Traptemple is one of the earliest works of David Münnich, widely known as DavidM. According to the readme files of some of his later maps, it was only the second SP map he ever released. The German readme file may bring a smile to the face of those who know that DavidM did not know English well yet at the time (in fact, even a year later he preferred feedback in German as we can find out from one of his map’s readme files), but managed to lead a team of mappers from all over the world only 2 years later in a grand project that resulted in Operation Na Pali.
Traptemple’s release date speaks for itself: October 1998. This is what one of the renowned mappers of the heyday of Unreal managed to put together merely 4 months after the release of the game. You can find it all here:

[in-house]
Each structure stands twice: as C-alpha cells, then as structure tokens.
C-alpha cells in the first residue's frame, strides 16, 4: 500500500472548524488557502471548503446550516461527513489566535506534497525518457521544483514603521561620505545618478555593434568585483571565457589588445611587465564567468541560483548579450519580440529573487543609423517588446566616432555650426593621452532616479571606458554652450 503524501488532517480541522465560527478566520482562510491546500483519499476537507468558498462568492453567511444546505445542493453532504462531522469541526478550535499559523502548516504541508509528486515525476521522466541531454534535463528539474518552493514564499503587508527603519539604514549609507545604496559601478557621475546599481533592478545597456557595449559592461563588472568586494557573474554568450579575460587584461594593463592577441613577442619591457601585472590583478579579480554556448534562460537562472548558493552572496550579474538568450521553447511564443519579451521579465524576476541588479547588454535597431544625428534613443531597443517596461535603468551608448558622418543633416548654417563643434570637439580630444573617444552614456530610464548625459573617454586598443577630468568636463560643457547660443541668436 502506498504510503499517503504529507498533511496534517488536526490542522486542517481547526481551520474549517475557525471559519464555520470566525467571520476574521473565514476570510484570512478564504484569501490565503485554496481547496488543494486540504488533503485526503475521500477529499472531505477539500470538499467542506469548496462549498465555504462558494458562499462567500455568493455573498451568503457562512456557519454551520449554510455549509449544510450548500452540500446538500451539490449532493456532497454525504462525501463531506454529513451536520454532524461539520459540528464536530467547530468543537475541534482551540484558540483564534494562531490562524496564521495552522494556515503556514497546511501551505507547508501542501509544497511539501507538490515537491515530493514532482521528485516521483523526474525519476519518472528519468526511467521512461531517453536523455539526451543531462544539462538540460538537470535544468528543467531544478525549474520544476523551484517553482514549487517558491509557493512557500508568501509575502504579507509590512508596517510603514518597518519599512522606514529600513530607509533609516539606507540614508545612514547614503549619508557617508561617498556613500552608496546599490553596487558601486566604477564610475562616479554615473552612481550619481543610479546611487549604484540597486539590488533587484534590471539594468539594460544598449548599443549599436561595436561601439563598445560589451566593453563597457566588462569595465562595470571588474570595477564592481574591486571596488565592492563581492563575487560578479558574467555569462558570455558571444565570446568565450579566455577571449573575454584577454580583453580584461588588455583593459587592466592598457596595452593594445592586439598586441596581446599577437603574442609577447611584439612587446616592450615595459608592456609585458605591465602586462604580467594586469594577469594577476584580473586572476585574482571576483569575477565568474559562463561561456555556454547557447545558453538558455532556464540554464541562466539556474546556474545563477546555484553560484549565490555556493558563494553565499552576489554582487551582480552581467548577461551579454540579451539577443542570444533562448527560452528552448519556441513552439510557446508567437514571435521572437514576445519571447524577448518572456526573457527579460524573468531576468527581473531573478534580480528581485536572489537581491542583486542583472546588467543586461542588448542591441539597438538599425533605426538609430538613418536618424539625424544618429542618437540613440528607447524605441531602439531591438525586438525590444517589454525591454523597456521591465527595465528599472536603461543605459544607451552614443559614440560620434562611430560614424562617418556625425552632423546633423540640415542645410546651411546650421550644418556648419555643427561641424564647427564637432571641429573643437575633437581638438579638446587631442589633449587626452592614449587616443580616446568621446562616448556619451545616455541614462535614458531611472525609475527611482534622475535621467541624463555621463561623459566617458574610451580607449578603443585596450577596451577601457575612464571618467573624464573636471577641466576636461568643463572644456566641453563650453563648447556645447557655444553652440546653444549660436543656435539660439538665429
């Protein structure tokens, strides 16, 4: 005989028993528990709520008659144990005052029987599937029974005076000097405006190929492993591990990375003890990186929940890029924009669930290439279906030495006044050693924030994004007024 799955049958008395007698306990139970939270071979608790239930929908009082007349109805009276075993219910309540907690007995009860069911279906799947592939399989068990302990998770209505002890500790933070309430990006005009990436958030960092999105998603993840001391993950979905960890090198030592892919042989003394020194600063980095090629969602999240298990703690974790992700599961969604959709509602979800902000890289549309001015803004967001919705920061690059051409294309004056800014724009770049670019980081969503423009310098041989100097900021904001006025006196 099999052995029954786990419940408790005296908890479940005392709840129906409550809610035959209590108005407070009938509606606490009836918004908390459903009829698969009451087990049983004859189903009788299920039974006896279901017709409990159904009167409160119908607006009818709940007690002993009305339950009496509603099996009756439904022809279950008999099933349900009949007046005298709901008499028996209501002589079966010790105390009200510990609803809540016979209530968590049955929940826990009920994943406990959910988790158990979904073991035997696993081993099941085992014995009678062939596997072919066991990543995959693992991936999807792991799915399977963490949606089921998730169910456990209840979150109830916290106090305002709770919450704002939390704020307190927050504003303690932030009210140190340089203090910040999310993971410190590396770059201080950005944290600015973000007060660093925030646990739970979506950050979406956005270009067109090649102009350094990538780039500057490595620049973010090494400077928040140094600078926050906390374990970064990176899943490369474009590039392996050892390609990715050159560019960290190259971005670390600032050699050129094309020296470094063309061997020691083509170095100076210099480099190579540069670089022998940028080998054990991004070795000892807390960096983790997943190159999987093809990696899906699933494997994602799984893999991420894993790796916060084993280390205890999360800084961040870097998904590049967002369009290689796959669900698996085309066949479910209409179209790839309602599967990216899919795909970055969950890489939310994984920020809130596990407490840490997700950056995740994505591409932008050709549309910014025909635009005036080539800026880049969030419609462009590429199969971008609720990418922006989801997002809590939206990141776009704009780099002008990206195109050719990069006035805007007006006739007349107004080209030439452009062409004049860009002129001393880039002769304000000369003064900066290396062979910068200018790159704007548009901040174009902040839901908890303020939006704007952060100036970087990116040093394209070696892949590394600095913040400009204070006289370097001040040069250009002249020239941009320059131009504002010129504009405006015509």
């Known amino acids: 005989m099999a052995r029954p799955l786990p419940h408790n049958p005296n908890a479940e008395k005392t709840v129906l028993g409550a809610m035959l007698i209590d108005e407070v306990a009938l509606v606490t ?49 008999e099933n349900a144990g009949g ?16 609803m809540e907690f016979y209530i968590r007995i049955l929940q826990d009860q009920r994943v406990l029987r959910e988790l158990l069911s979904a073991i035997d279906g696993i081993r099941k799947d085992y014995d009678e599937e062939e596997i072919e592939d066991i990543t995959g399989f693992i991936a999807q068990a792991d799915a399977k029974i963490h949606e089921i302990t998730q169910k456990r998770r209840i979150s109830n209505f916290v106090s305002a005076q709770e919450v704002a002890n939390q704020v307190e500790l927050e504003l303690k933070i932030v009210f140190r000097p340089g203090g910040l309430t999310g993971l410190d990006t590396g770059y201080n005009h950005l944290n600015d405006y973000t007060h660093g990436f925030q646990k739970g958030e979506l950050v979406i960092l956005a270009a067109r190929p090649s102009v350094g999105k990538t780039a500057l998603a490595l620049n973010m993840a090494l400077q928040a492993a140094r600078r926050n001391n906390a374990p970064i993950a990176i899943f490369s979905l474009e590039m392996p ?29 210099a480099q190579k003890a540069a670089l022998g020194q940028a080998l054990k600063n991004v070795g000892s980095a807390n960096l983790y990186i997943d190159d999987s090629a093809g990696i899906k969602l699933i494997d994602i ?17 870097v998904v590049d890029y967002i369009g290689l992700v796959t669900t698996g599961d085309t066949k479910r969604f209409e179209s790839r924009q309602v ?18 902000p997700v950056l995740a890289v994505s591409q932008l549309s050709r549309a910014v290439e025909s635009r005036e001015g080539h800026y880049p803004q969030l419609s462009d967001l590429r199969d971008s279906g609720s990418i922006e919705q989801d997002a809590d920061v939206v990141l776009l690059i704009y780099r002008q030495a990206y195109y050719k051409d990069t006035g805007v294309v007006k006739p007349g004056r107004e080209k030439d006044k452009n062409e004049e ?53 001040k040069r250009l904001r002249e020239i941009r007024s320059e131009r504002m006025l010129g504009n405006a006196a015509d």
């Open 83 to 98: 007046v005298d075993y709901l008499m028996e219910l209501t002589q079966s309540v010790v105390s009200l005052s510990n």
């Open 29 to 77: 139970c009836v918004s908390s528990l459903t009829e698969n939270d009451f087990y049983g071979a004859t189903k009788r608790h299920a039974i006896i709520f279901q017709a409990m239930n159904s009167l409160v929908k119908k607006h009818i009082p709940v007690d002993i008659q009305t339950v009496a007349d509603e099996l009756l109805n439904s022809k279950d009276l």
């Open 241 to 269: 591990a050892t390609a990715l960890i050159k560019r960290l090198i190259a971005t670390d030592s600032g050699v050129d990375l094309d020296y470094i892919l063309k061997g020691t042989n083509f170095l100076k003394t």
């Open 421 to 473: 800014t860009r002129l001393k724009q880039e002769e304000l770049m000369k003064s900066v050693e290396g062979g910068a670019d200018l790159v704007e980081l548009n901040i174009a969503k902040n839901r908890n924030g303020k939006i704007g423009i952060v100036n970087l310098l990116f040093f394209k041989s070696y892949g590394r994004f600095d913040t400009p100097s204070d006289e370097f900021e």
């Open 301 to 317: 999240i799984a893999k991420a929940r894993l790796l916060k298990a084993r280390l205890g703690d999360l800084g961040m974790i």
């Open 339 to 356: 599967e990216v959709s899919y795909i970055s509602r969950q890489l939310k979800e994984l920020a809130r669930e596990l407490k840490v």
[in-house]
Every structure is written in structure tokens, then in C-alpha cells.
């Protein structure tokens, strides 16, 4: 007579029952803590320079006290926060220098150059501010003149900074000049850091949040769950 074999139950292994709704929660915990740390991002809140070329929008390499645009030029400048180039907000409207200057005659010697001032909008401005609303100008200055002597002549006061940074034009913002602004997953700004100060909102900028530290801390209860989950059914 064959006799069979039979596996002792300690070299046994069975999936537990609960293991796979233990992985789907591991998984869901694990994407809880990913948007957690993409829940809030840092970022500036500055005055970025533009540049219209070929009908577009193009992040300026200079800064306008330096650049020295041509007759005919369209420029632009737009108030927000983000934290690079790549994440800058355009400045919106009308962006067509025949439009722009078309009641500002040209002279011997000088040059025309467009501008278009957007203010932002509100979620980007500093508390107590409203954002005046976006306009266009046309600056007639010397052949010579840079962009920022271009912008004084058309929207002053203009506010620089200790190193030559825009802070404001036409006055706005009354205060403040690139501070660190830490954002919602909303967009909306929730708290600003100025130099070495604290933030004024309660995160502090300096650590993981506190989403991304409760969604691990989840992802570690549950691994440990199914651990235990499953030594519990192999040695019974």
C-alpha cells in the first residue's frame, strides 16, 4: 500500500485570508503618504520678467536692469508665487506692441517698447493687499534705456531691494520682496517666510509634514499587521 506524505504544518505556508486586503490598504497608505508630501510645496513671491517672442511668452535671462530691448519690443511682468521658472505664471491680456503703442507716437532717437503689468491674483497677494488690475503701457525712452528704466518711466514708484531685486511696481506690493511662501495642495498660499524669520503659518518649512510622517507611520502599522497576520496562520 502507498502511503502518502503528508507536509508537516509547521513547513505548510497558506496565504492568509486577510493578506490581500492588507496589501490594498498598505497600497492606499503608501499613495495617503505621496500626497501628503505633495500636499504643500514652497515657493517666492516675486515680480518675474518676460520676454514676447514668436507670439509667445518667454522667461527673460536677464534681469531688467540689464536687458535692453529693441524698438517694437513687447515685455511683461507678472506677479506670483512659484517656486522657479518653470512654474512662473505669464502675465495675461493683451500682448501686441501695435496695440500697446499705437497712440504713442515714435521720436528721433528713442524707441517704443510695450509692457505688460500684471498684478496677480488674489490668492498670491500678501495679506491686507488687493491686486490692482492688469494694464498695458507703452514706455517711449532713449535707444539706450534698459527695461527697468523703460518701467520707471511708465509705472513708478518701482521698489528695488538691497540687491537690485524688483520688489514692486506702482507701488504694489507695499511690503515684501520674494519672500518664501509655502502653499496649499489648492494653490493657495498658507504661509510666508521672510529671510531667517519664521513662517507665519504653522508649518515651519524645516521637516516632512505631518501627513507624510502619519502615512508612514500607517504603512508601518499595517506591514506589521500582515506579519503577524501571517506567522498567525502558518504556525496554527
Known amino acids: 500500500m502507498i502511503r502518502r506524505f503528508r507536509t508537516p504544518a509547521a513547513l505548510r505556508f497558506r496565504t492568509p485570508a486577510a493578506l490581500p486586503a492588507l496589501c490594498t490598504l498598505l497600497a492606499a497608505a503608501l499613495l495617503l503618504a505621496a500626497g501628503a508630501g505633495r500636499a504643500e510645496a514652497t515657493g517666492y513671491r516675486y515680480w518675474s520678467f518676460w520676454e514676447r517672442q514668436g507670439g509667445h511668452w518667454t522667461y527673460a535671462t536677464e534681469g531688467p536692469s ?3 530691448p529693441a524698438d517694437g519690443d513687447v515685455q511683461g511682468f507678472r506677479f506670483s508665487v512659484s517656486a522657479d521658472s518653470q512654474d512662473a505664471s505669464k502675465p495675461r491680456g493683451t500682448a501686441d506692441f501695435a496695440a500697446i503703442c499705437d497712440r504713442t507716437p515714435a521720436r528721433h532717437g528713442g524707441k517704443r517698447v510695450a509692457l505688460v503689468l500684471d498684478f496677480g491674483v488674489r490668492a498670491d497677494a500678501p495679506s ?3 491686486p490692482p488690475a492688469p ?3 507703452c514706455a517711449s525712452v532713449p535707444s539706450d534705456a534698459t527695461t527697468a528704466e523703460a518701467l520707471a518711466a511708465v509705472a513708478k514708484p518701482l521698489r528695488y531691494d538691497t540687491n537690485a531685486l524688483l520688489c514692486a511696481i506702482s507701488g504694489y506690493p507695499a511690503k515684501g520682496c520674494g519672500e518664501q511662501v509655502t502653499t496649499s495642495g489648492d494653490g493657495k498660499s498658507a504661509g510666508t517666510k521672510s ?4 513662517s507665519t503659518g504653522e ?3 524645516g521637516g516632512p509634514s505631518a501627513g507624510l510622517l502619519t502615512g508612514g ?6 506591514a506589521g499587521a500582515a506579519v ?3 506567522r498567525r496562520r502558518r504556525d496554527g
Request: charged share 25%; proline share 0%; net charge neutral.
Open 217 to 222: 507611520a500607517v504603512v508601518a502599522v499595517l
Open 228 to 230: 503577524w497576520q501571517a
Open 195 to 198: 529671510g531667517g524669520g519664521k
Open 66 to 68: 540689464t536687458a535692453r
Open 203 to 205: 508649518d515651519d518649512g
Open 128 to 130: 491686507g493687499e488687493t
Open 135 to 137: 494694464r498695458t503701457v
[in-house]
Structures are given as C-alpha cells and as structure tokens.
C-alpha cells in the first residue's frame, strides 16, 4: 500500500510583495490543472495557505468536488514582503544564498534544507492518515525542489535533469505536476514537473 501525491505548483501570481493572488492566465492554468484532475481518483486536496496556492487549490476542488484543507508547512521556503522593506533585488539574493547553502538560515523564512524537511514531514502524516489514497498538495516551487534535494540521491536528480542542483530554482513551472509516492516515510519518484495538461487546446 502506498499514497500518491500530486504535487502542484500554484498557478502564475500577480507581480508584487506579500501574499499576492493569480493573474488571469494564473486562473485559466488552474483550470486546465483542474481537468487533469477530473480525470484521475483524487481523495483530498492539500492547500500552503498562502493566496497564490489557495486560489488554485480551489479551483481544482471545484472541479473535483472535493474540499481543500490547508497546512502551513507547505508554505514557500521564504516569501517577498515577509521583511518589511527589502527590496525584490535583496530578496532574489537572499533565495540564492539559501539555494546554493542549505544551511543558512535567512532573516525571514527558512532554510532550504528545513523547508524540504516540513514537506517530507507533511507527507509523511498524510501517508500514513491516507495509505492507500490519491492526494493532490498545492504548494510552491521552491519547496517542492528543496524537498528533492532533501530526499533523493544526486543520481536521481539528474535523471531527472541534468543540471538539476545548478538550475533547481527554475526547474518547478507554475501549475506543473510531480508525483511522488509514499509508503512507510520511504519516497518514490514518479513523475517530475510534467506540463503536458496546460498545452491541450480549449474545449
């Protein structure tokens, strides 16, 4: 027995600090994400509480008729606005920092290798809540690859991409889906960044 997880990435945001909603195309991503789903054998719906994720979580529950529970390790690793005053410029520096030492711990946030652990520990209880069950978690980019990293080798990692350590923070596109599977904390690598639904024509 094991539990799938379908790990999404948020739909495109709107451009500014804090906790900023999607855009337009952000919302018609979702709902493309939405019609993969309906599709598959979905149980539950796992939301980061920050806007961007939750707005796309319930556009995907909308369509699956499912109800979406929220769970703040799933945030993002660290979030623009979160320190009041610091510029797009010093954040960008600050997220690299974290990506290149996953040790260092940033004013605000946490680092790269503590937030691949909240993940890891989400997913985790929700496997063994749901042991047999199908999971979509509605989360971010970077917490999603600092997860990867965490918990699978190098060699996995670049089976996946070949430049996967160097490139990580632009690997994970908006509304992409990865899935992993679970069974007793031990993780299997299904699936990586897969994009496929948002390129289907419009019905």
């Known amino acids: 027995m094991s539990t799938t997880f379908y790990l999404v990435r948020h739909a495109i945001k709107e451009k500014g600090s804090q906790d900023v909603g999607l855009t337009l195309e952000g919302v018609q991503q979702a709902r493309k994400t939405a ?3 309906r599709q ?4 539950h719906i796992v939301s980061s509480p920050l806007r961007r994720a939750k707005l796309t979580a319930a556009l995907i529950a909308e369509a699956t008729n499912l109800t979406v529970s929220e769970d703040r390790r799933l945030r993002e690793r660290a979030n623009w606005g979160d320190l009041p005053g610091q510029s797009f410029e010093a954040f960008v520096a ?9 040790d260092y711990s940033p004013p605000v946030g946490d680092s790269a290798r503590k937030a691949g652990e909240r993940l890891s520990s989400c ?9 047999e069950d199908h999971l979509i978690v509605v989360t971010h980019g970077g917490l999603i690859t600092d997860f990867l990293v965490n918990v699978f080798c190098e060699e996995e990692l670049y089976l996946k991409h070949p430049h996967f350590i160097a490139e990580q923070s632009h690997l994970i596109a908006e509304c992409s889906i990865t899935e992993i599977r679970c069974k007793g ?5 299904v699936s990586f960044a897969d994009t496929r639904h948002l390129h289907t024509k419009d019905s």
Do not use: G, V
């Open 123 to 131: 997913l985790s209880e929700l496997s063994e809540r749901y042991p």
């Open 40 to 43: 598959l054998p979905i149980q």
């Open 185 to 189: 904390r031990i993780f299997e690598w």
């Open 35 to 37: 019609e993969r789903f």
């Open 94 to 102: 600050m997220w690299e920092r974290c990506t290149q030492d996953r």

featureless box corridors
swing doors that open on player proximity but bounce back as you accidentally touch them,
or, in a worse case, trap you between themselves and the wall
architecture that prevents the player to move freely and smoothly such as narrow spiral staircases
tower tops that are so close to the sky that you actually cannot jump when on the top
a few translator messages that tell you exactly what to do
some minor HOM effects
as a bonus: the Unreal 225+ torchflame bug (not the author’s fault)
Yes, all the signs of a complete noobie map. But of course there is nothing wrong with that. For the lovers of Unreal single player maps and the enthusiasts of Unreal SP mapping history, this is as valuable a piece as any when put into context. It is interesting to see the evolution of a mapper’s style (and talent), as well as the evolution of Unreal mapping as a whole. Which is the reason this site exists in the first place – to preserve as many of these small pockets of Unreal history as possible.